Voila.

        Also, lemme know if you need recommendations for off the beaten path stuff in Paris, including good eats. I just moved back to Brooklyn after living there for 3 years. 

  • http://twitter.com/sal_matteis Sal Matteis

    Hey Brad, 

    I know how painful this can be… believe me it’s the same exact issue when you move within Europe (my case UK to Switzerland)

    Per Jon’s suggestion – probably skype is the safest option but depends on the level of flexibility you are seeking.

    Other option: you might want to opt in a low-roaming solution like truphone - http://localanywhere.truphone.com/buy/default.aspx

    their entire concept is designed for Global Nomads and they do deliver their SIMs in the US. 

    Best bet is to just buy a a throw-away phone where you can just swap the SIM for the truphone one.

    You get to keep the truphone SIM and should be able to do #forwarding once you are back in the US.

    Sal

  • http://davidmarks.co David Marks

    Unlock your iphone, and buy local prepaid SIM cards when you get to europe. They are readily available and cheap almost everywhere. Bonus: Use google voice to redirect your primary phone number to your new travel phone numbers for each SIM as needed, and also to filter incoming text messages and calls when needed.

  • Sarac

    I’d go with Vonage. You both are going to be there or just you? 
    https://subscribe.vonage.com/plan

    $15 for the first 3 months.. then you could cancel. 

    Wouldn’t that work? especially if you can use google voice/skype etc..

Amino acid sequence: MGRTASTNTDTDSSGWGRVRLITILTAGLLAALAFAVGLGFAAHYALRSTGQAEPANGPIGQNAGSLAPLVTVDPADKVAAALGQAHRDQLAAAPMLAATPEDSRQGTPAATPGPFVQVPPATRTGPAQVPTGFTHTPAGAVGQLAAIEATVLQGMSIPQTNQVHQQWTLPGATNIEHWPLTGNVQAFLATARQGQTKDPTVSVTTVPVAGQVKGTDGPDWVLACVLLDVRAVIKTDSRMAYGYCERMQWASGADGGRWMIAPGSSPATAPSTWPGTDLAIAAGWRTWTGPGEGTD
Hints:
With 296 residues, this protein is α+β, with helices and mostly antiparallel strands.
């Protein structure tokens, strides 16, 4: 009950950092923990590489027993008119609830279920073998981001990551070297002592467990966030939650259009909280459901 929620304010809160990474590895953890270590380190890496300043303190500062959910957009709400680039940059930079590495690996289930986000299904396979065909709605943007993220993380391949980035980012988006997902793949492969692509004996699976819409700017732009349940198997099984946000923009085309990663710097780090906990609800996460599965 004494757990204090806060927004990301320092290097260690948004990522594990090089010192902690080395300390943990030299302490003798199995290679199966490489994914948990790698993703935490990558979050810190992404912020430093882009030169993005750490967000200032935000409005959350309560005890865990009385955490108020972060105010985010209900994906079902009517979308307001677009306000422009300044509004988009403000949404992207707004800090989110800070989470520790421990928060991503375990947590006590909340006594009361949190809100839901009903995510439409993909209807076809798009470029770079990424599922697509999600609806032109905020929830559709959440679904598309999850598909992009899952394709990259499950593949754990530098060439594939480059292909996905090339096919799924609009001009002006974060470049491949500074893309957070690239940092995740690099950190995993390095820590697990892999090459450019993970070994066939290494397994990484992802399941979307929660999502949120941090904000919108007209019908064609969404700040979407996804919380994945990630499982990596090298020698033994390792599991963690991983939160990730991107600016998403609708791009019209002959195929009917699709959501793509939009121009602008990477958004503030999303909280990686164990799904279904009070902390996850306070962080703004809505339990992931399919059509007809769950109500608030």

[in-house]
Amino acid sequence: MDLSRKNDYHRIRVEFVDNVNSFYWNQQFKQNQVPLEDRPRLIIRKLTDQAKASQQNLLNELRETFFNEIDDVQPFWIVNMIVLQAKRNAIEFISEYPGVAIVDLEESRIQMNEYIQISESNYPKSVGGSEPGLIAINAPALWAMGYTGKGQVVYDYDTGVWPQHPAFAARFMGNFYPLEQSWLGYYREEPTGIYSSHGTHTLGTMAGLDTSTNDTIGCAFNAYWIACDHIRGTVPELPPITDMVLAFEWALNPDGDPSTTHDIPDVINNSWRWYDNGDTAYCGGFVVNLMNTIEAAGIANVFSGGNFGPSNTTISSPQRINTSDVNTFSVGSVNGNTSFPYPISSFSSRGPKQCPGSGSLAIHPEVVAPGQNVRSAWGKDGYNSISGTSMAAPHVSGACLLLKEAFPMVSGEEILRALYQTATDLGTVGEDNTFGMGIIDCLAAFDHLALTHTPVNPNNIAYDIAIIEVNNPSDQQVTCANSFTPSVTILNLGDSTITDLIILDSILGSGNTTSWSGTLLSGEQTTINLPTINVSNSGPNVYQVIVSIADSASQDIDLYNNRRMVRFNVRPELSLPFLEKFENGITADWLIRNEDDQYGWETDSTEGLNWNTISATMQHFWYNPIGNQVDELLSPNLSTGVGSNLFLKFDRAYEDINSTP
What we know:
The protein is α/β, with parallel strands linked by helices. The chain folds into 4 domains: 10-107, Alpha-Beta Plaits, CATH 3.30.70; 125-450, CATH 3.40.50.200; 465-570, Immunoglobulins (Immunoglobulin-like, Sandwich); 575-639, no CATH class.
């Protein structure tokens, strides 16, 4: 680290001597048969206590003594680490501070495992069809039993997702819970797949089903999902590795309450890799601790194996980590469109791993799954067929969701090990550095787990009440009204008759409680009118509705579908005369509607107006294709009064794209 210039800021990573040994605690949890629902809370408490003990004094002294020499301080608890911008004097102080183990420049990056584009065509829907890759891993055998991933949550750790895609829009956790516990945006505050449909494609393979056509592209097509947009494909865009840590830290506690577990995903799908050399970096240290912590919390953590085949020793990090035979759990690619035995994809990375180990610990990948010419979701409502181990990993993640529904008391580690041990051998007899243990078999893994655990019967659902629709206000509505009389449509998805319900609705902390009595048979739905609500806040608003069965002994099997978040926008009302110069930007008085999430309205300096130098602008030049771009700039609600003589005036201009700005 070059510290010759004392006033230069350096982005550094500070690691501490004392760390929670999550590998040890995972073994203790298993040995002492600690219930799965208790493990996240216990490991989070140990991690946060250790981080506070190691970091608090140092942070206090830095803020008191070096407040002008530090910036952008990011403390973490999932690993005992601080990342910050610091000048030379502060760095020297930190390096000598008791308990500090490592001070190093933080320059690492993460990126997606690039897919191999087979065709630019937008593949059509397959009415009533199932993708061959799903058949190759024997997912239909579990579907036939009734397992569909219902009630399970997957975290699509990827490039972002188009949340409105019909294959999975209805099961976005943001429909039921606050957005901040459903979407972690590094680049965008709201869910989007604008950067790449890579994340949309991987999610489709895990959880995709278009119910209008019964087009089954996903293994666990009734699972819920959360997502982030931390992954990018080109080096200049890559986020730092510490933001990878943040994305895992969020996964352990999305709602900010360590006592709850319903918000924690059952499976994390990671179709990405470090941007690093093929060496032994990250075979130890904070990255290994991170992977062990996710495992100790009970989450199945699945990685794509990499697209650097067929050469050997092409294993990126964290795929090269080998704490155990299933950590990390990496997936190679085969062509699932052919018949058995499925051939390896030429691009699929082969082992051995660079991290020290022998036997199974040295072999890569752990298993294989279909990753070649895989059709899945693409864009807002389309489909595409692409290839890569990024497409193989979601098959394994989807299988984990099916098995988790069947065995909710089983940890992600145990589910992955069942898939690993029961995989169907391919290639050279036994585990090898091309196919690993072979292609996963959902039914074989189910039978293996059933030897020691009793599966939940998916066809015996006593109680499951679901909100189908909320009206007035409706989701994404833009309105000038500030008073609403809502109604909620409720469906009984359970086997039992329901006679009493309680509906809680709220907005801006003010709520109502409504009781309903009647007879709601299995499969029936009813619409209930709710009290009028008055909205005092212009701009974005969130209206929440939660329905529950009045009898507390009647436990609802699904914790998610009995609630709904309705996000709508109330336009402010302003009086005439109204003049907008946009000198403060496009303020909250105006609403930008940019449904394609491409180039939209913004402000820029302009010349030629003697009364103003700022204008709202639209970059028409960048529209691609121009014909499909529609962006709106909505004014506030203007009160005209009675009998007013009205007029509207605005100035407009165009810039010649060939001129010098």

I worked with a Brit and he and the others used Vonage to call UK, he said it was cheap and good.

  • http://estatecreate.com henryyates

    Data roaming charges are a killer, even between countries in Europe. Are you staying in one country?

    • http://www.feld.com bfeld

      Paris and Tuscany

      • http://estatecreate.com henryyates

        I would agree with others below – unlock phone and get Italian and French pay as you go SIM cards

  • http://StartupLessonsLearned.com Eric Ries

    I spent a lot of time on this problem two years ago; I’m assuming the solution still works. I travel with my old iPhone (in this case, a 3GS) which you can jailbreak. Then you can use a european SIM card in it. Most countries (including France/Italy/Spain) have a special iPhone data plan that’s all-you-can-eat or close to it, that is very inexpensive. When you change countries, you need to buy a new card. France is actually the most annoying, IIRC, because you have to show a passport to get a SIM card. In any event, it’s cheap and relatively easy, as long as you get the right card/plan.